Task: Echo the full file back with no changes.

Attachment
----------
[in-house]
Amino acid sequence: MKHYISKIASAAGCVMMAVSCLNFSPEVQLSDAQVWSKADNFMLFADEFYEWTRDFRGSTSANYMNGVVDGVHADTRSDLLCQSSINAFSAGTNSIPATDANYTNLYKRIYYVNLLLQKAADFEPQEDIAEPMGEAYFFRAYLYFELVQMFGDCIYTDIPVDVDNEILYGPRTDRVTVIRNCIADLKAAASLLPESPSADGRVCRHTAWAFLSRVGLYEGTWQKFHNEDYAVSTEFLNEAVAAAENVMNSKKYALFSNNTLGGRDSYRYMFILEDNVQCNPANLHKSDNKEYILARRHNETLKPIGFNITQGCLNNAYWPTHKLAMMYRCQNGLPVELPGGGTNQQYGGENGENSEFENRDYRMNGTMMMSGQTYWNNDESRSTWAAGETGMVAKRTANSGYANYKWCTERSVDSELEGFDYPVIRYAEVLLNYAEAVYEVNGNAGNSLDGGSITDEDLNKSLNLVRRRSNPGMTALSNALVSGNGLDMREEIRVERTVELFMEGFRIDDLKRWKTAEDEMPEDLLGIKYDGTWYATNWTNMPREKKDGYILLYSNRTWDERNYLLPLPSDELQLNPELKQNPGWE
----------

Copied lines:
[in-house]
Amino acid sequence: MKHYISKIASAAGCVMMAVSCLNFSPEVQLSDAQVWSKADNFMLFADEFYEWTRDFRGSTSANYMNGVVDGVHADTRSDLLCQSSINAFSAGTNSIPATDANYTNLYKRIYYVNLLLQKAADFEPQEDIAEPMGEAYFFRAYLYFELVQMFGDCIYTDIPVDVDNEILYGPRTDRVTVIRNCIADLKAAASLLPESPSADGRVCRHTAWAFLSRVGLYEGTWQKFHNEDYAVSTEFLNEAVAAAENVMNSKKYALFSNNTLGGRDSYRYMFILEDNVQCNPANLHKSDNKEYILARRHNETLKPIGFNITQGCLNNAYWPTHKLAMMYRCQNGLPVELPGGGTNQQYGGENGENSEFENRDYRMNGTMMMSGQTYWNNDESRSTWAAGETGMVAKRTANSGYANYKWCTERSVDSELEGFDYPVIRYAEVLLNYAEAVYEVNGNAGNSLDGGSITDEDLNKSLNLVRRRSNPGMTALSNALVSGNGLDMREEIRVERTVELFMEGFRIDDLKRWKTAEDEMPEDLLGIKYDGTWYATNWTNMPREKKDGYILLYSNRTWDERNYLLPLPSDELQLNPELKQNPGWE